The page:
John McCullagh July 6, 2007
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The recent High Court action brought by the Police Federation on behalf of thousands of RUC officers against their Chief Constable – alleging failure of a duty of care by not providing adequate counselling to traumatised police during the recent Troubles – spurred the following offering from the wife of a recently-retired Ambulance Worker from Newry.

 

‘My husband worked for decades in the Ambulance Service attached to our local hospital. As often as not, they were called to scenes of the most recent atrocity even before the police. At the height of the Troubles, these workers would often be recalled to work without notice, even on their day of rest or from holidays. I remember that for most of our young married life, my husband was absent from home working overtime during these Troubles.

When, much belatedly, some minor accolade was offered and an article and photo appeared in the local press, it was the current crop of Ambulance Workers – and not those who was laboured and suffered through the atrocities – to be honoured!

Some incidents stand out.  Doyle’s pub in Camlough (the Lockin) was blown up by the UVF on a Saturday night in January 1976 and the Ambulance Men were called out to that incident. The very next night the Reavey family of Whitecross was mown down in their own home. Two died instantly and a third from his injuries some weeks later. My husband and others of the Service had known them personally. The upset and stress did not easily go away. There was no counselling service for these Emergency Workers. Indeed they had to turn out for work as usual for their next shift.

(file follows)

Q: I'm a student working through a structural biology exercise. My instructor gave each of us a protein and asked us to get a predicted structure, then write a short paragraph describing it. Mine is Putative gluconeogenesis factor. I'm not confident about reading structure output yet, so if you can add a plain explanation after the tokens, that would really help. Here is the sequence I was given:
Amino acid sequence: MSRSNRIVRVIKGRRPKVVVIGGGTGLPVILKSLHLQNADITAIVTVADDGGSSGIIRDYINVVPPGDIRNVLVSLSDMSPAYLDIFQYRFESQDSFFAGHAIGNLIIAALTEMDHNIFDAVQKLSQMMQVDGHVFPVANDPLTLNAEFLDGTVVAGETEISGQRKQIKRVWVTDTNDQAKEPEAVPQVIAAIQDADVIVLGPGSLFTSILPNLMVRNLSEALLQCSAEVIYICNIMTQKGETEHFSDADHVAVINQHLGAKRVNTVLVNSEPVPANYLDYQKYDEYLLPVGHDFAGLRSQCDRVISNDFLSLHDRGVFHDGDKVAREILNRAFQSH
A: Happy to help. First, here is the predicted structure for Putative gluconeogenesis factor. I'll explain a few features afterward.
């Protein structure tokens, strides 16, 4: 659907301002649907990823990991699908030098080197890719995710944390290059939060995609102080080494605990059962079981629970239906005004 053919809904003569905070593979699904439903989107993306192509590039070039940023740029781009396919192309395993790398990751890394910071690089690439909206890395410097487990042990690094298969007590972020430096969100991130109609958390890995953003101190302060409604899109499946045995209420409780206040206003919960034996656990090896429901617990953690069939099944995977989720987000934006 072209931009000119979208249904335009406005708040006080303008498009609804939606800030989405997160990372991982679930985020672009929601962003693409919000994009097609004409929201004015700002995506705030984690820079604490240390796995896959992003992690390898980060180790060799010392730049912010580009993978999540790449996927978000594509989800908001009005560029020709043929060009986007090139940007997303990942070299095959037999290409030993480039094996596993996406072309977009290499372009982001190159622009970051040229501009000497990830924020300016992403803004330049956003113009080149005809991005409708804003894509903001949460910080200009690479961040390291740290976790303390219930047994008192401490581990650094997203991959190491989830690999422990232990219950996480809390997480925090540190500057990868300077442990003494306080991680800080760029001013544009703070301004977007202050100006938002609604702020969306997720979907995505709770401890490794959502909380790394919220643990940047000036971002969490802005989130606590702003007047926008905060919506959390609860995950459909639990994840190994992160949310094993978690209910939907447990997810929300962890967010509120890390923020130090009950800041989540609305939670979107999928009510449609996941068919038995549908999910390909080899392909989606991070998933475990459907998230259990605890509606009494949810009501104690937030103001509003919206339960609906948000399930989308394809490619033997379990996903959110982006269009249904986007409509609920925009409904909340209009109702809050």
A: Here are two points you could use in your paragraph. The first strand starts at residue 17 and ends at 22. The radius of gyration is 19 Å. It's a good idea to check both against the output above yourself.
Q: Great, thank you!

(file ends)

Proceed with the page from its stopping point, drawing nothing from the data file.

And in any case these valiant men and women were catapulted into the role of ‘Emergency Service Workers’ – but they had been employed as peacetime civilian service workers. In essence that is what they remained and were so rewarded and treated. But it suited the authorities to throw this extra burden upon their shoulders.

And what a burden that turned out to be on just the following day!  A minibus filled with workers was attacked and ten men died at Kingsmills. To the Ambulance Man each victim was equally innocent – but they too, who had to attend the injured and collect the dead, were innocent victims.

It was not always the largest, the most ‘spectacular’ terrorist incident that caused the greatest trauma to the Emergency Workers. But often it was, like the Narrow Water bombing on the same day that Lord Mountbatten was killed in Mayo. 

It was pitiable to observe the panic and trauma of the soldiers and others early on the scene as the Ambulance Men arrived. They were the ones most in need of medical aid – for the bombing victims were almost all deceased.  The Ambulance Men however were given the task of recovering the severed limbs and other body parts of the dead victims.

Perhaps the greatest irony was their inability later to share this terrible experience with friends and acquaintances – perhaps the first step towards recovery for a trauma victim – for fear of disfavour or even retaliation for having attended dead or dying soldiers. Indeed on that fateful day the Ambulance Service was on hand when a second deadly attack followed the first at the same location, putting their lives at risk from combatants of both sides.

 

…. More to follow ….

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